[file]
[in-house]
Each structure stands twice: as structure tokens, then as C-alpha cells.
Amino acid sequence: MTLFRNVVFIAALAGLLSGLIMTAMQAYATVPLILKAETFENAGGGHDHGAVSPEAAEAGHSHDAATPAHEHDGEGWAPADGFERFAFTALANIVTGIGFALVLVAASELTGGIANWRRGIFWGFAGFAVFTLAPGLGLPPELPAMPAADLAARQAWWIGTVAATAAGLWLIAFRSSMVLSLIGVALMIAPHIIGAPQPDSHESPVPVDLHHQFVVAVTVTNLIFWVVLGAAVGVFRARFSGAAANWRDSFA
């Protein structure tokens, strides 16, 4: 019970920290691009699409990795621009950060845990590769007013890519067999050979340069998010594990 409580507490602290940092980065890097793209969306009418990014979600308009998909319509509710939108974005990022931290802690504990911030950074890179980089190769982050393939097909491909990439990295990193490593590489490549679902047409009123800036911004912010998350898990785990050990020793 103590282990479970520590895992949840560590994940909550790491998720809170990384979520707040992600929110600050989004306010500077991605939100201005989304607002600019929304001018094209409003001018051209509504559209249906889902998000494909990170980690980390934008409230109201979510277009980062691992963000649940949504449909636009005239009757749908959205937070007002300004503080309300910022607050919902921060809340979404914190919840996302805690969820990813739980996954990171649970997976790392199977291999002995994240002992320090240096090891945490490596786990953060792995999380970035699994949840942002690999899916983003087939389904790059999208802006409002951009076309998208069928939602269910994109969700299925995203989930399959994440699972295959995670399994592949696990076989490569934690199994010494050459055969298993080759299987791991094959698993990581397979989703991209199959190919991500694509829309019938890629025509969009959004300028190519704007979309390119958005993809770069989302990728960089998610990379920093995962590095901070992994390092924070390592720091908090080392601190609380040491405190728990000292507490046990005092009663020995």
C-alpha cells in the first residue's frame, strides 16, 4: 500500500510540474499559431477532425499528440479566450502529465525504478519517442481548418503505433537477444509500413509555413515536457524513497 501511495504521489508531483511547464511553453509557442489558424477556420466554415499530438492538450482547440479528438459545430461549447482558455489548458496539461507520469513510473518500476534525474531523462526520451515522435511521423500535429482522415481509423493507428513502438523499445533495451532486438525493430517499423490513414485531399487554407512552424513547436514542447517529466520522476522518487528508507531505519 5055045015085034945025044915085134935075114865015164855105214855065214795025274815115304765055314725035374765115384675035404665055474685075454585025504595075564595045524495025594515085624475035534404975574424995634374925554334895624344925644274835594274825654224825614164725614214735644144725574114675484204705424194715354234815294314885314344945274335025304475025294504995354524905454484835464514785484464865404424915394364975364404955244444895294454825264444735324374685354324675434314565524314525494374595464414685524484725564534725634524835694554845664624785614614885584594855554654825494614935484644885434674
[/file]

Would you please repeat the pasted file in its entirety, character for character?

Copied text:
[in-house]
Each structure stands twice: as structure tokens, then as C-alpha cells.
Amino acid sequence: MTLFRNVVFIAALAGLLSGLIMTAMQAYATVPLILKAETFENAGGGHDHGAVSPEAAEAGHSHDAATPAHEHDGEGWAPADGFERFAFTALANIVTGIGFALVLVAASELTGGIANWRRGIFWGFAGFAVFTLAPGLGLPPELPAMPAADLAARQAWWIGTVAATAAGLWLIAFRSSMVLSLIGVALMIAPHIIGAPQPDSHESPVPVDLHHQFVVAVTVTNLIFWVVLGAAVGVFRARFSGAAANWRDSFA
């Protein structure tokens, strides 16, 4: 019970920290691009699409990795621009950060845990590769007013890519067999050979340069998010594990 409580507490602290940092980065890097793209969306009418990014979600308009998909319509509710939108974005990022931290802690504990911030950074890179980089190769982050393939097909491909990439990295990193490593590489490549679902047409009123800036911004912010998350898990785990050990020793 103590282990479970520590895992949840560590994940909550790491998720809170990384979520707040992600929110600050989004306010500077991605939100201005989304607002600019929304001018094209409003001018051209509504559209249906889902998000494909990170980690980390934008409230109201979510277009980062691992963000649940949504449909636009005239009757749908959205937070007002300004503080309300910022607050919902921060809340979404914190919840996302805690969820990813739980996954990171649970997976790392199977291999002995994240002992320090240096090891945490490596786990953060792995999380970035699994949840942002690999899916983003087939389904790059999208802006409002951009076309998208069928939602269910994109969700299925995203989930399959994440699972295959995670399994592949696990076989490569934690199994010494050459055969298993080759299987791991094959698993990581397979989703991209199959190919991500694509829309019938890629025509969009959004300028190519704007979309390119958005993809770069989302990728960089998610990379920093995962590095901070992994390092924070390592720091908090080392601190609380040491405190728990000292507490046990005092009663020995």
C-alpha cells in the first residue's frame, strides 16, 4: 500500500510540474499559431477532425499528440479566450502529465525504478519517442481548418503505433537477444509500413509555413515536457524513497 501511495504521489508531483511547464511553453509557442489558424477556420466554415499530438492538450482547440479528438459545430461549447482558455489548458496539461507520469513510473518500476534525474531523462526520451515522435511521423500535429482522415481509423493507428513502438523499445533495451532486438525493430517499423490513414485531399487554407512552424513547436514542447517529466520522476522518487528508507531505519 5055045015085034945025044915085134935075114865015164855105214855065214795025274815115304765055314725035374765115384675035404665055474685075454585025504595075564595045524495025594515085624475035534404975574424995634374925554334895624344925644274835594274825654224825614164725614214735644144725574114675484204705424194715354234815294314885314344945274335025304475025294504995354524905454484835464514785484464865404424915394364975364404955244444895294454825264444735324374685354324675434314565524314525494374595464414685524484725564534725634524835694554845664624785614614885584594855554654825494614935484644885434674